Balancing Relationships with Loved Ones and Yourself

I’ve come to realise that women in their 20s and 30s tend to be incredibly busy: not only because they’re busy managing their careers and their family lives, but because they have so many commitments to many people outside of these aspects of lives. They’re usually taking care of their parents, their siblings, their partners, and their kids, before checking in with their friends: all while balancing a working life and other professional facets of their careers.

This causes us to neglect ourselves; we end up ignoring arguably the most important person in our lives. Moreover, the societal expectations make it very difficult for us to have a loving relationship with ourselves: messages of “you can be better” and “there’s something lacking” constantly bombard us, creating an overwhelmingly cold and frigid environment for us to develop love for ourselves. Combine this hostility with the time we fail to allocate to ourselves, and you have a recipe for disaster. When we don’t feel great about ourselves, and yet, are unable to rectify these feelings due to a lack of time, it feels like there’s no way out; that we just aren’t meant to be the best versions of ourselves.

Here, I urge you to make time for yourselves. It can be difficult for some, especially if you tend to put yourself second in your list of your priorities. Putting ourselves first can give rise to feelings of guilt and selfishness in some, but confronting these feelings is important: why do you feel guilty for putting yourself first? Why does being selfish feel inherently bad? These questions have no definite answer. Some of us grow up to put others first, but fail to understand that putting others first doesn’t require us to neglect ourselves. Some do it unknowingly. So here’s my encouragement: don’t hesitate to say, “it’s okay to be selfish” to yourself when need be. At times, we need to give ourselves some time. It’s difficult, for sure, when we are brought up with familial and career-driven values, but awareness of your self is essential in long-term self-care.

How can you do that, then? How do you ensure that you set aside some time for yourself without feeling like you’re forgoing important commitments or responsibilities?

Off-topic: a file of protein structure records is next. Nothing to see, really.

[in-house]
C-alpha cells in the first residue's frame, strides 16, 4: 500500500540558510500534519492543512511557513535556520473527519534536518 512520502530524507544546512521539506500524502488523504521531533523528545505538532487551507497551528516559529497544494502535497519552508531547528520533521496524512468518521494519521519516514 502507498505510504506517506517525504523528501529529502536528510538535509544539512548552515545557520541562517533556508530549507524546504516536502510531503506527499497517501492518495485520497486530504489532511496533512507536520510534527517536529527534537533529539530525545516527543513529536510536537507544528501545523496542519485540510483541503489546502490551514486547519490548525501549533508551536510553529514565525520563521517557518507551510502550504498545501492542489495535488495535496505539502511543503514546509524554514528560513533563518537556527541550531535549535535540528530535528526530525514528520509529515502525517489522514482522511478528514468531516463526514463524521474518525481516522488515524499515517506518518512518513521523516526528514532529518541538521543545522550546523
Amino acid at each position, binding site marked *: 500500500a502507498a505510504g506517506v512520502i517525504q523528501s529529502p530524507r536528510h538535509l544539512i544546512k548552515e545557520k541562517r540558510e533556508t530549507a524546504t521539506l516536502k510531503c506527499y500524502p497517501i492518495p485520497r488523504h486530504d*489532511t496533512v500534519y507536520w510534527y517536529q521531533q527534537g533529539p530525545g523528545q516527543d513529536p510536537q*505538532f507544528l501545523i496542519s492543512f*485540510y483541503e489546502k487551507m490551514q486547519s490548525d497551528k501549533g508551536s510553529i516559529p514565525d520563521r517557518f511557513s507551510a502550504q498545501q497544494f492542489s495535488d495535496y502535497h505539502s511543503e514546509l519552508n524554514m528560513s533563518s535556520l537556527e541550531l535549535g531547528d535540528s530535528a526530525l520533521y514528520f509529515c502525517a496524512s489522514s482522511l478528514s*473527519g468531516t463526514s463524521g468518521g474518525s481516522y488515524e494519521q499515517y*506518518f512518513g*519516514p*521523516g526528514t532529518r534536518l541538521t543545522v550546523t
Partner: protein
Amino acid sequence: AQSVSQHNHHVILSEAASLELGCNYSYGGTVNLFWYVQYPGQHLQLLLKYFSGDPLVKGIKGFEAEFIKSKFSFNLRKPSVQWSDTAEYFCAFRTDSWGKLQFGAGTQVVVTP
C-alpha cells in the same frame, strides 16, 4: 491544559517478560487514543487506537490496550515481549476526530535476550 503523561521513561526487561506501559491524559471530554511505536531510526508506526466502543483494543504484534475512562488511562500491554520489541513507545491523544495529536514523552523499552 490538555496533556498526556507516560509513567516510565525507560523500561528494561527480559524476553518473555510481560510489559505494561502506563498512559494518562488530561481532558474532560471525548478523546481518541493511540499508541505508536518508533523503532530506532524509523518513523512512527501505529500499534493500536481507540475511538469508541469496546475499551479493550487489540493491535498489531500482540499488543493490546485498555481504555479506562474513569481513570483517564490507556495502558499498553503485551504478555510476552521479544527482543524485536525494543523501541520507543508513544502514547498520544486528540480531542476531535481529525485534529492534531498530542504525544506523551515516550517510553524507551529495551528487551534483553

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1. Be Kind to Yourself

Set goals for yourself. Set short-term and long-term goals and work for them, but don’t let them drown you or restrict you. Often, in our goal-driven mindsets, we forget to be kind to ourselves. At the end of the day, we are all human, and we need to be easy on ourselves. Some days, we are ultra-productive, and on others we’re a little slow. A little delayed and a little tired. On these days put your rest as a priority. If you’re feeling tired of working then maybe you need a short break — a true break, where you completely ignore work — before you get back to it. Your productivity levels are bound to go up. If you’re feeling overwhelmed with the expectations of those around you, take a breather. Text your family and your friend that you’re taking some time for yourself, and that perhaps you’ll be uncontactable for a few hours. Take this time to focus on yourself. Catch a movie you’ve been meaning to watch, or go to that donut shop you’ve been wanting to patronise. When you’ve spent time on yourself and on the sentiment of feeling okay and stable, you’ll be able to be more receptive to those around you.

2. Let Go of Perfectionism

Ouch, this one is painful. I get that. It’s really difficult, and even I struggle with this. Here’s the thing: perfectionism and mental health issues (like depression and anxiety) are correlated. That’s not to say that perfectionism will definitely lead you to have mental health issues, or that mental health issue will make you perfectionism worse, but it’s that if you tend to have both, one is bound to make the other worse.

Letting go of perfectionism requires a huge shift in your attitude and acceptance of yourself, and is linked to being kind to yourself. If you’re kind to yourself, you’ll understand that imperfections happen, that they’re part of us. Letting go of that little voice telling you to make every thing absolutely perfect requires a systemic and consistent reminder to yourself to unlearn this behaviour, and re-learn self-compassion. Instead of devoting your days to a never-ending list of to-dos done with specific precision, understand that some tasks require less effort from you, or can be pushed to another day. It takes conscious effort and a lot of time to overcome the notion of harsh perfectionism, but accepting ourselves — every single part of ourselves — is part of loving ourselves.


3. Assign Time to Yourself

It doesn’t have to be a great deal of time. Be it 20 minutes every day, or 2 hours weekly, be strict in scheduling time for yourself. Spend this time doing whatever you’d like: going for a walk, attending a class, lazing around and watching your favourite show. I think we grow up to have a mindset that equates down-time to laziness. If you’re sitting around, not getting the 17 things on your to-do list done then what are you doing with your day? Intrinsically, this is pretty unhealthy and causes a strain on our mental and physical health. So take this time and spend it with yourself.


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A calm you equals to a calm life, and with a calmer life, you’ll be able to bring and give more to the people around you. Just remember that sometimes you need to take before you’re able to give unconditionally. Never forget that you’re worth your love and time!